Distance education initiatives and their early 21st century role in the lives of people with disabilities

N. William Myhill, Deepti Samant, David Klein, Shelley Kaplan, María Verónica Reina, Peter Blanck

Research output: Chapter in Book/Entry/PoemChapter


Technological advancement has broadened educational, employment and training opportunities for students and adults with disabilities via distance education. Distance education is a prized tool of K-12 and higher education, and for vocational training and research. Advancing knowledge of accessible technology and universal design concepts have coincided with the distance education movement, and with a federal mandate for accessible technology under Section 508 of the amended Rehabilitation Act. However, studies of website accessibility and universal applications designed to deliver online learning question whether these tools permit equal and effective participation by people with varying disabilities. Other studies of accessible virtual knowledge communities suggest needed improvements to advance the inclusion of people with disabilities in online collaborative research and training initiatives. This chapter explores the implications of the growing distance education movement for people with disabilities. First, we review the breadth of distance learning initiatives and their benefits and challenges for learners with disabilities. Second, we discuss applicable learning theory and practice, and the relevant mandates of U.S. disability laws. Third, we evaluate likely compliance on distance learning activities with disability law and propose best practices to support distance education programs for equal access and opportunity in employment, education, and other areas by the widest number and variety of people.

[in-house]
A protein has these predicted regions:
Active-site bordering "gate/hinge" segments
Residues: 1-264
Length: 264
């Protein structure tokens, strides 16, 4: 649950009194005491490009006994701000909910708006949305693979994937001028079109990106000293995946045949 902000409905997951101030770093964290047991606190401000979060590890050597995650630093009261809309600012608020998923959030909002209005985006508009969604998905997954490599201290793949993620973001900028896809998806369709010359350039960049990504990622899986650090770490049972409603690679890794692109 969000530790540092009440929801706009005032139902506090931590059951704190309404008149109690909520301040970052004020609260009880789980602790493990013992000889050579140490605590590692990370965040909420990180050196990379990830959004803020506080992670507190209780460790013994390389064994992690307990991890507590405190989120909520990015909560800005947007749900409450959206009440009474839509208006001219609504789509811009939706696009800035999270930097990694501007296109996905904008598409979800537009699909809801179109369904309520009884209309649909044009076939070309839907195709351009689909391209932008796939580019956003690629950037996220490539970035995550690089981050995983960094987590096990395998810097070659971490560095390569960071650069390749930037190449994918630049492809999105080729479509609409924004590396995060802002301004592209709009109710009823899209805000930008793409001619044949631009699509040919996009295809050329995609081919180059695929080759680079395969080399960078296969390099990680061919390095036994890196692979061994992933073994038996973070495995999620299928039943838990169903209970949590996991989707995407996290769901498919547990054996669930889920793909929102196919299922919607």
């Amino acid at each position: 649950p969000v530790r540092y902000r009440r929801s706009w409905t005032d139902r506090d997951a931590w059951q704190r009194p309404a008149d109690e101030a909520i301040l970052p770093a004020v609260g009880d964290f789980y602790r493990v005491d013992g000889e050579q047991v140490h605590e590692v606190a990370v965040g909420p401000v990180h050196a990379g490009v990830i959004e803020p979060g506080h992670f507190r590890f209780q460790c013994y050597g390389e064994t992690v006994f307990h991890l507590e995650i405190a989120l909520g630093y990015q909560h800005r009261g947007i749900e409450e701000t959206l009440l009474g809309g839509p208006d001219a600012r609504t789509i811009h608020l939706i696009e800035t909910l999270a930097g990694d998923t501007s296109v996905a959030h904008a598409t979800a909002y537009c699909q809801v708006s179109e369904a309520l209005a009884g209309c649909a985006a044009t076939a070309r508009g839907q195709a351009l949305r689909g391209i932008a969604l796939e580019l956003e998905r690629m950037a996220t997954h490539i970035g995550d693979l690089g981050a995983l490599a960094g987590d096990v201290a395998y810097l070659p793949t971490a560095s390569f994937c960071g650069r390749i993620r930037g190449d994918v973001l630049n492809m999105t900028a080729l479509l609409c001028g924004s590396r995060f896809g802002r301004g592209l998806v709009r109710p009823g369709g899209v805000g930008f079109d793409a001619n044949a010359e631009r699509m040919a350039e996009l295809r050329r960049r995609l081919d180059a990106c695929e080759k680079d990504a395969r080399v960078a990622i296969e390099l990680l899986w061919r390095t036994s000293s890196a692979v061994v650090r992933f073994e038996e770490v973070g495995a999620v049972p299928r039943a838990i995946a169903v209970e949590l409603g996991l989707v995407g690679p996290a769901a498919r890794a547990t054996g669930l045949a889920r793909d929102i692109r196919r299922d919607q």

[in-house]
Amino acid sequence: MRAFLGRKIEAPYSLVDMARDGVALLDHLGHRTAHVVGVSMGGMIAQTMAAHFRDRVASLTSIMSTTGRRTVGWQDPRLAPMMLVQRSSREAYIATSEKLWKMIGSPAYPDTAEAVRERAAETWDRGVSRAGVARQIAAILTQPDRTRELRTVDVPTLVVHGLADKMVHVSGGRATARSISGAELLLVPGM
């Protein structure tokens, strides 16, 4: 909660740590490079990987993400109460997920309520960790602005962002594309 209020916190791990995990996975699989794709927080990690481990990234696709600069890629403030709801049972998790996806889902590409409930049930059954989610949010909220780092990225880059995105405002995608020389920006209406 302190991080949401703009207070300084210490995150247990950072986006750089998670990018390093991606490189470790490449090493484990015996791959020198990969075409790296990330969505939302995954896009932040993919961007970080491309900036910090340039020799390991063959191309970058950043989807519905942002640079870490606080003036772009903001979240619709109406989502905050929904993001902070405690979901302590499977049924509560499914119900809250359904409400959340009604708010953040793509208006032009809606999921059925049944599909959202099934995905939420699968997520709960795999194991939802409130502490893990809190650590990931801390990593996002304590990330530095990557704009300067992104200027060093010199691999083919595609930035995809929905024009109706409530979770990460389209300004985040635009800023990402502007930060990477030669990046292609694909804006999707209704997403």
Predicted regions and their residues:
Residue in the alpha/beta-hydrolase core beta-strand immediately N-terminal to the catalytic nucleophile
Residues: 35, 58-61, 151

Original languageEnglish (US)
Title of host publicationDistance Education
PublisherNova Science Publishers, Inc.
Number of pages40
ISBN (Print)9781617610431
StatePublished - Apr 2010

ASJC Scopus subject areas

  • Education


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